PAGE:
Over the next few weeks, motorists will see a lot more activity on the City’s streets. That’s due to the upcoming Street Improvement Projects
scheduled to begin this month.
Close to 100 residential streets from the North end of the City to the South end of the City are scheduled to be repaired as part of the City’s Capital Improvement Program.
The streets that will be improved were determined by the City’s Pavement Management System. This system was adopted by City officials to determine the current condition of local streets as it relates to scheduled maintenance and repairs, and complete replacement.
“We have hundreds of miles of streets to maintain, the Pavement Management System allows us to prioritize which streets need the most attention,” said City Manager Steve Carmona. “While there are visual inspections, we can determine which method of repair to use to prolong the life of a certain street.”
In a City Council Meeting held in January, a project to Resurface-Cape Seal, and a project to Resurface-Overlay and Reconstruct were both approved based on the City’s Pavement Management System. Under the Cape Seal Project, over 20 streets will be sealed using asphalt rubber aggregate membranes overlaid with a slurry seal. This type of sealing is a preventative maintenance measure that prolongs the service life of existing pavement.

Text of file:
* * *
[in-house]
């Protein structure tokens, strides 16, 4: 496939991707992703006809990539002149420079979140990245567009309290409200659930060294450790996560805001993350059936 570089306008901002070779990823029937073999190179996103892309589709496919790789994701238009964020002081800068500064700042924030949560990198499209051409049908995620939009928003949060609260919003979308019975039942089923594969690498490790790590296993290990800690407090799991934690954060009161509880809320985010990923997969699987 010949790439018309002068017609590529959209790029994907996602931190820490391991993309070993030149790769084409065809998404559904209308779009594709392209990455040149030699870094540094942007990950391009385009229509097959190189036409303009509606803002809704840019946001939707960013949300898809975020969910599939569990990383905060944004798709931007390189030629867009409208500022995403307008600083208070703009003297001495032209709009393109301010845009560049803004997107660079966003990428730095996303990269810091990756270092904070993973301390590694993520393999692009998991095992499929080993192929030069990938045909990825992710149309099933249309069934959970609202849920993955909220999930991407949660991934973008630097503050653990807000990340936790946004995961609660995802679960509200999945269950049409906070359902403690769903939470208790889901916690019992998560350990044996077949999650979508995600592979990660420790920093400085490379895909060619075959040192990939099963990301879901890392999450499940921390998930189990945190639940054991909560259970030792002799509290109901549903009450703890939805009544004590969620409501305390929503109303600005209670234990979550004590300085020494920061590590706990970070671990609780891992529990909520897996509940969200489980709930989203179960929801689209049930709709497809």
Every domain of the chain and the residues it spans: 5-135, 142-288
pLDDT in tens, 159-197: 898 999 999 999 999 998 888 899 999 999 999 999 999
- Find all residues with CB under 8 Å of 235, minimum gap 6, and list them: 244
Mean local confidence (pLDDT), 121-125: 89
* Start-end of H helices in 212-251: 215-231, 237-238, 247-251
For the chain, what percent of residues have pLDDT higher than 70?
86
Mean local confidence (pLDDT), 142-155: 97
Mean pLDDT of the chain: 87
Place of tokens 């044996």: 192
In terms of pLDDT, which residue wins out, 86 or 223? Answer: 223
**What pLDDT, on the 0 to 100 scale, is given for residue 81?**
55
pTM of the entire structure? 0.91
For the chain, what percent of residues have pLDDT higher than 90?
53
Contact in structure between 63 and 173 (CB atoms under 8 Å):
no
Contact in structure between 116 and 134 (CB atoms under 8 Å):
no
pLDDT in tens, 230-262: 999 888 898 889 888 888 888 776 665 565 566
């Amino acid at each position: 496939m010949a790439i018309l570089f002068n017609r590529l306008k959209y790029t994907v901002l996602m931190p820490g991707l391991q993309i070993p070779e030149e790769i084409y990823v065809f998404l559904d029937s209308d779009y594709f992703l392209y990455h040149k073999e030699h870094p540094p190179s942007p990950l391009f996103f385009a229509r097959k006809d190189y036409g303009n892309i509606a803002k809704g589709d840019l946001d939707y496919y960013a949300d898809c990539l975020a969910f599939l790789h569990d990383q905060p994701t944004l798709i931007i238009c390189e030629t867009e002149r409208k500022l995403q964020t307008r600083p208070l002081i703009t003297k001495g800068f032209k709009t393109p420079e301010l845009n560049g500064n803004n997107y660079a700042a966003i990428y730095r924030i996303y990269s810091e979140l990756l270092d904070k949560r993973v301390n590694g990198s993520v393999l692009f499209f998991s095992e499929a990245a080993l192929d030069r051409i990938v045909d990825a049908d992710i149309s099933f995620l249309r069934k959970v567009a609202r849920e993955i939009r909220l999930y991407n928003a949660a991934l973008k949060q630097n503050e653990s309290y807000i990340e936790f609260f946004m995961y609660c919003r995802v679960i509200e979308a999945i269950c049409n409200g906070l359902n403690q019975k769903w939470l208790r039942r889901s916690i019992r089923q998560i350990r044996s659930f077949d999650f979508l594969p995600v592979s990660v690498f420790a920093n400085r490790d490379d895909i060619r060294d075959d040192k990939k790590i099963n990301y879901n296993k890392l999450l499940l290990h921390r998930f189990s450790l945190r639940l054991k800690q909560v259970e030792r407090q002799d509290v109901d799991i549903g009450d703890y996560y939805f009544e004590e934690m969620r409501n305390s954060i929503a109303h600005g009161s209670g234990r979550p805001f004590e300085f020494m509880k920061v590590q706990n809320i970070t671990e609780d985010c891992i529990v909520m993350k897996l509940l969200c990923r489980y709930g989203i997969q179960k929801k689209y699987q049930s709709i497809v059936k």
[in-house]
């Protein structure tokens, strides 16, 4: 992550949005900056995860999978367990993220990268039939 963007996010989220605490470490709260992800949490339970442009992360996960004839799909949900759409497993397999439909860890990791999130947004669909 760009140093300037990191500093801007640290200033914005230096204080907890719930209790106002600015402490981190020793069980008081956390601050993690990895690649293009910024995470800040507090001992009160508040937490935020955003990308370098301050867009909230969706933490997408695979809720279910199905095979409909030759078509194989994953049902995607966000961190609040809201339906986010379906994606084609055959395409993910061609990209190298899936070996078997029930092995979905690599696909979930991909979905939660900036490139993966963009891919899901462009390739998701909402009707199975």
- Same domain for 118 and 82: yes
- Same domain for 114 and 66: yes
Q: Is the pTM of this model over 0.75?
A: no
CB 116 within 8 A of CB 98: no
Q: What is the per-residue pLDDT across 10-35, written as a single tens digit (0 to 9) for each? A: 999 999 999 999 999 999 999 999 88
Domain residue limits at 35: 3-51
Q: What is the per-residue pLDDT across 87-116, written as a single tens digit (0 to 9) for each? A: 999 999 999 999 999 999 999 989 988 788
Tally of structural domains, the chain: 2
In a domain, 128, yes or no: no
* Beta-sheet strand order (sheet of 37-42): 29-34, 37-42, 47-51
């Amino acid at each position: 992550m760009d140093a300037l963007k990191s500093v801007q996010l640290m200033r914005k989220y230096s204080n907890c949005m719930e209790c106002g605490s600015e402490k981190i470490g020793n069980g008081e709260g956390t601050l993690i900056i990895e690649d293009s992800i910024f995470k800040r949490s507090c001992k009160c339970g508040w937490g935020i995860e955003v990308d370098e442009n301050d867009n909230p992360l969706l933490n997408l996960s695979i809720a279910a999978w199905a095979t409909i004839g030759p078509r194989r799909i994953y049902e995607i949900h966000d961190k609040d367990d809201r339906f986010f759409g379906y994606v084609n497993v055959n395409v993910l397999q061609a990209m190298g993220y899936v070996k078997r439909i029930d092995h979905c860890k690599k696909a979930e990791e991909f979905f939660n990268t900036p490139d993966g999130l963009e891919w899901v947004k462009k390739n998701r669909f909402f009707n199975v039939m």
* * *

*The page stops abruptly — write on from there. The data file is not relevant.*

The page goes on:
In addition to the Cape Seal Project, over 70 streets will be completely resurfaced through grinding and new asphalt overlays. This project will also include reconstruction where poor pavement has been degraded beyond repair, rendering a resurfacing job useless. Along with resurfacing and reconstructing streets, damaged curbs and gutters will be replaced, and reconstruction of cross gutters will take place in areas prone to local flooding.
As part of both projects, approximately 200 non-compliant ADA curb ramps will be upgraded to bring them up to code per the Federal Highway Administration standards.
“Like many cities, streets are important to everyday life and the appearance of our City,” said Carmona. “There will be some short-term inconveniences due to the construction, but I think our residents will appreciate the work and effort that is put into these long-term preventative maintenance projects.”